https://wn.com/7_Things_We_Don't_Know_About_The_Ocean
30 Days Timelapse at Sea | 4K | Through Thunderstorms, Torrential Rain & Busy Traffic

30 Days Timelapse at Sea | 4K | Through Thunderstorms, Torrential Rain & Busy Traffic

  • Order:
  • Duration: 10:01
  • Updated: 10 Sep 2017
  • views: 4841369
videos
30 Days of Timelapse, about 80,000 photos combined. 1500GB of Project files. Sailing in the open ocean is a unique feeling and experience.I hope to capture and share it for everyone to see. Route was from Red Sea -- Gulf of Aden -- Indian Ocean -- Colombo -- Malacca Strait -- Singapore -- South East China Sea -- Hong Kong Follow my adventures! Instagram: http://instagram.com/Jeffrey.hk Music: Philip G Anderson - Winter (from 0:00 to 4:37 and 8:00 to 10:00) Buy Winter here: https://philipganderson.bandcamp.com/album/winter Stellardrone - Billions And Billions (from 4:37 to 8:00) Camera used: D750, Rokinon 12mm f/2.8 0:32 Milky Way 0:53 Sirius Star (I think) Correction: Jupiter the planet according to some viewers 1:17 Approaching Port of Colombo 1:45 Cargo Operation 2:08 Departure Colombo with Rainstorm 2:29 Beautiful Sunrise 3:13 Lightning Storm at Malacca Strait and Singapore Strait 3:29 Clear night sky Milky Way with lightning storm 4:01 Camera getting soaked 5:09 Arrival Singapore 5:56 Departure Singapore 6:20 Moon-lit night sky 6:48 Another Sunrise 8:30 Headed due north and you can see Ursa Major rotating neatly around Polaris. 8:36 Squid Boats 8:54 Chaotic Traffic 9:15 Arrival Hong Kong =====10 Reasons Why Maritime is AWESOME ===== https://www.youtube.com/watch?v=0U18AHZbS_M =====10 Reasons Why Maritime SUCKS ===== https://www.youtube.com/watch?v=tdMYEKwxTyo =====How To Anchor a Mega-Ship ===== https://www.youtube.com/watch?v=62O7KYfb4GA =====Where did I go last 2 months?? Cancun Adventure====== https://www.youtube.com/watch?v=nsizwRUXoa0 =====Navigation Bridge of a Mega Ship===== https://www.youtube.com/watch?v=Bj3_peT4u9M =====A Tour of Mega Ship's Engine Room===== https://www.youtube.com/watch?v=s7BhBsVigZw =====HEAVY SEAS! Bad Weather in Atlantic Ocean===== https://www.youtube.com/watch?v=OZA6gNeZ5G4 =====Cargo Operations on Ship===== https://www.youtube.com/watch?v=kj7ixi2lqF4 =====Top 6 Questions about Merchant Marine===== https://www.youtube.com/watch?v=wBpQ9Y4jEfg For licensing and usage, contact: licensing@viralhog.com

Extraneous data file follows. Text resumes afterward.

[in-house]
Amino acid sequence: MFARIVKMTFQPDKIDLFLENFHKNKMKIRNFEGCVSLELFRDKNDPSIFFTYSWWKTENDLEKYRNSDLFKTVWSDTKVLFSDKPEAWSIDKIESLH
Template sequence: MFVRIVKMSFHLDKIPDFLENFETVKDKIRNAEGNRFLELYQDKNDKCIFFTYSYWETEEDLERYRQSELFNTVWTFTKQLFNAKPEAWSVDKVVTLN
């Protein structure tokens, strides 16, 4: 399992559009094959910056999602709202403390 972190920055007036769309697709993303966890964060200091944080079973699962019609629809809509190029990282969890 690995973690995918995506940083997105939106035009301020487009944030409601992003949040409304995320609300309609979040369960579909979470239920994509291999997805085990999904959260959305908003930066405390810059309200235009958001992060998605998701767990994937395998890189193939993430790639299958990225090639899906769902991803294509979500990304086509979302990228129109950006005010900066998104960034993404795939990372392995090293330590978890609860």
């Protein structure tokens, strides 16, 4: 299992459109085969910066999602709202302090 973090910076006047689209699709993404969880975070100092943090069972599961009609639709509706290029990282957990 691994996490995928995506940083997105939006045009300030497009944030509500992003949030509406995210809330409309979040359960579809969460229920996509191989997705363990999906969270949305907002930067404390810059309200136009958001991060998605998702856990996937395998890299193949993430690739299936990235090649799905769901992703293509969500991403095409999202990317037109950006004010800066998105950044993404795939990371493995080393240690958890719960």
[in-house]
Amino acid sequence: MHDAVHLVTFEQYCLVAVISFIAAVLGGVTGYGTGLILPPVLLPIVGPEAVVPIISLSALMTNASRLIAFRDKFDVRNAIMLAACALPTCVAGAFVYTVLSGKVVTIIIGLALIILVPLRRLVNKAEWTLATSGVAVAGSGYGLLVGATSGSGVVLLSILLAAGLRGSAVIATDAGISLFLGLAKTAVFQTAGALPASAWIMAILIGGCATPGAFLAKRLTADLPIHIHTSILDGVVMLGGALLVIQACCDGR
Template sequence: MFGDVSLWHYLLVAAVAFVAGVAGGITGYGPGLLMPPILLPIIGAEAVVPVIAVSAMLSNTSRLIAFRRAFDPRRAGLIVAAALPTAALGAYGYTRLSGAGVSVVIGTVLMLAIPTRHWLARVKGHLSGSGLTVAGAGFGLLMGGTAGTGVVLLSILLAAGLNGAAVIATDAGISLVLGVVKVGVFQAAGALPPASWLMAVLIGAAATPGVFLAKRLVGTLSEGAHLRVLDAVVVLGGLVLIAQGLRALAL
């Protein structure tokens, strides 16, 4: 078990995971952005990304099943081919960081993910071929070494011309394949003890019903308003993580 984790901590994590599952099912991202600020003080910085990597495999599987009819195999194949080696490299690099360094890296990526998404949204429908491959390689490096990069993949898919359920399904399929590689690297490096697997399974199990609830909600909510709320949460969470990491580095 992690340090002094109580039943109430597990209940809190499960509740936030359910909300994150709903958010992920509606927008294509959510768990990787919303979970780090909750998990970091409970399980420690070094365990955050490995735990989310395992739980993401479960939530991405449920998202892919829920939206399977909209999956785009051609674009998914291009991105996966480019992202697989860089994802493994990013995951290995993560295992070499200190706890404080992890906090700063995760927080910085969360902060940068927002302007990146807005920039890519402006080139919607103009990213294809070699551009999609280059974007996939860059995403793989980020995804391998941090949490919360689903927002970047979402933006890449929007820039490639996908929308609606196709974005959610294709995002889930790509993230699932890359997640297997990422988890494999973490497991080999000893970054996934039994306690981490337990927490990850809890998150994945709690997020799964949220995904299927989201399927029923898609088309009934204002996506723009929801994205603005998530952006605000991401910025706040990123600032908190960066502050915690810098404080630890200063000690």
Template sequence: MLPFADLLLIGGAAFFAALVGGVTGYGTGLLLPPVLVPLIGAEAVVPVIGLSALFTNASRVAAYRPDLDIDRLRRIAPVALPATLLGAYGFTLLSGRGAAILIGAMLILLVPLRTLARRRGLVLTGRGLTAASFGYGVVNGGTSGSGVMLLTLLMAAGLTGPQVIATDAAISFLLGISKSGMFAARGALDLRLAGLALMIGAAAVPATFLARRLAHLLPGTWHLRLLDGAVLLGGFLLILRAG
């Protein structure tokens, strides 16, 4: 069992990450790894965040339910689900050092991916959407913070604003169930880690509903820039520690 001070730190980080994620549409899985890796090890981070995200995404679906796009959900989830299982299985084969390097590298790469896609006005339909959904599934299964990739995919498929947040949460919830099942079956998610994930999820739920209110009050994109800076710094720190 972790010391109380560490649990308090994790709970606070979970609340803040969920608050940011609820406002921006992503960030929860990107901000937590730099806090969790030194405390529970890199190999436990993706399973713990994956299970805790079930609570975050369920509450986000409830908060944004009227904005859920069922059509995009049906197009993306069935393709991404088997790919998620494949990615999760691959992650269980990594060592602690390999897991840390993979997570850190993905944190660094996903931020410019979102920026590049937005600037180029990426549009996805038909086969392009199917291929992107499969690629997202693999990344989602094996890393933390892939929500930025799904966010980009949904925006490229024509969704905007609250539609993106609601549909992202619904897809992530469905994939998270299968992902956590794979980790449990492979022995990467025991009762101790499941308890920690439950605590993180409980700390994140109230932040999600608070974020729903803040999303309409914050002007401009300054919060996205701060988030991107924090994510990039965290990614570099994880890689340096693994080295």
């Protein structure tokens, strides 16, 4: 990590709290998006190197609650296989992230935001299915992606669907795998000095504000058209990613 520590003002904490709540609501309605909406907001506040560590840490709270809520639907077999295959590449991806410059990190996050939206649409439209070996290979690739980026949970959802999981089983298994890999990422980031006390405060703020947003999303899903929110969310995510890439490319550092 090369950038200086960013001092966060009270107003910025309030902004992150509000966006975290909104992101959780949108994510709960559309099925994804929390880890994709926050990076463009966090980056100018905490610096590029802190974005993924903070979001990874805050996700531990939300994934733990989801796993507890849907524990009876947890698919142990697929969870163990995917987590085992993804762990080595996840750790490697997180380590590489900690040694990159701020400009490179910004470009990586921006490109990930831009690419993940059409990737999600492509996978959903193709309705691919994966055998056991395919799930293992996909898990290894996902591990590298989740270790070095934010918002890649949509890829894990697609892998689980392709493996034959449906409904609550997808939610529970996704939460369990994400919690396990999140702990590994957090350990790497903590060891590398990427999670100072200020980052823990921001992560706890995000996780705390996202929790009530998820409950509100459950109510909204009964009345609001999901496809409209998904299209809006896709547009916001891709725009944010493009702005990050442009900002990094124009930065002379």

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A day as a marine biologist PhD student #7 | LAB work and end of the week friends time

A day as a marine biologist PhD student #7 | LAB work and end of the week friends time

  • Order:
  • Duration: 9:39
  • Updated: 07 May 2017
  • views: 367
videos
I am a marine biology PhD student. More specifically, I am studying marine pollution in the ocean, and even more specifically I am studying how bacteria interact with plastic pollution in the ocean. Here is how a day in my life looks like. The 7th and the last day of my one week vlog!! ############################################### YOU CAN ALSO FOLLOW ME HERE: Instagram: https://www.instagram.com/maria.seandme/ Twitter: https://twitter.com/mcMariaSea Facebook: https://www.facebook.com/seandmebyM/
https://wn.com/A_Day_As_A_Marine_Biologist_Phd_Student_7_|_Lab_Work_And_End_Of_The_Week_Friends_Time
Warming oceans and marine species migration: poleward bound

Warming oceans and marine species migration: poleward bound

  • Order:
  • Duration: 4:26
  • Updated: 11 Dec 2015
  • views: 9266
videos
The fallout from climate change is often framed as a terrestrial problem, yet global warming is having profound effects on marine life. Click here to subscribe to The Economist on YouTube: http://econ.trib.al/rWl91R7 Check out Economist Films: http://films.economist.com/ Check out The Economist’s full video catalogue: http://econ.st/20IehQk Like The Economist on Facebook: https://www.facebook.com/TheEconomist/ Follow The Economist on Twitter: https://twitter.com/theeconomist Read our Tumblr: http://theeconomist.tumblr.com/ Follow us on Instagram: https://www.instagram.com/theeconomist/ Check out our Pinterest: https://uk.pinterest.com/theeconomist/ Follow us on LINE: http://econ.st/1WXkOo6
https://wn.com/Warming_Oceans_And_Marine_Species_Migration_Poleward_Bound
Overview | Exploring Oceans

Overview | Exploring Oceans

  • Order:
  • Duration: 7:39
  • Updated: 16 Mar 2009
  • views: 207624
videos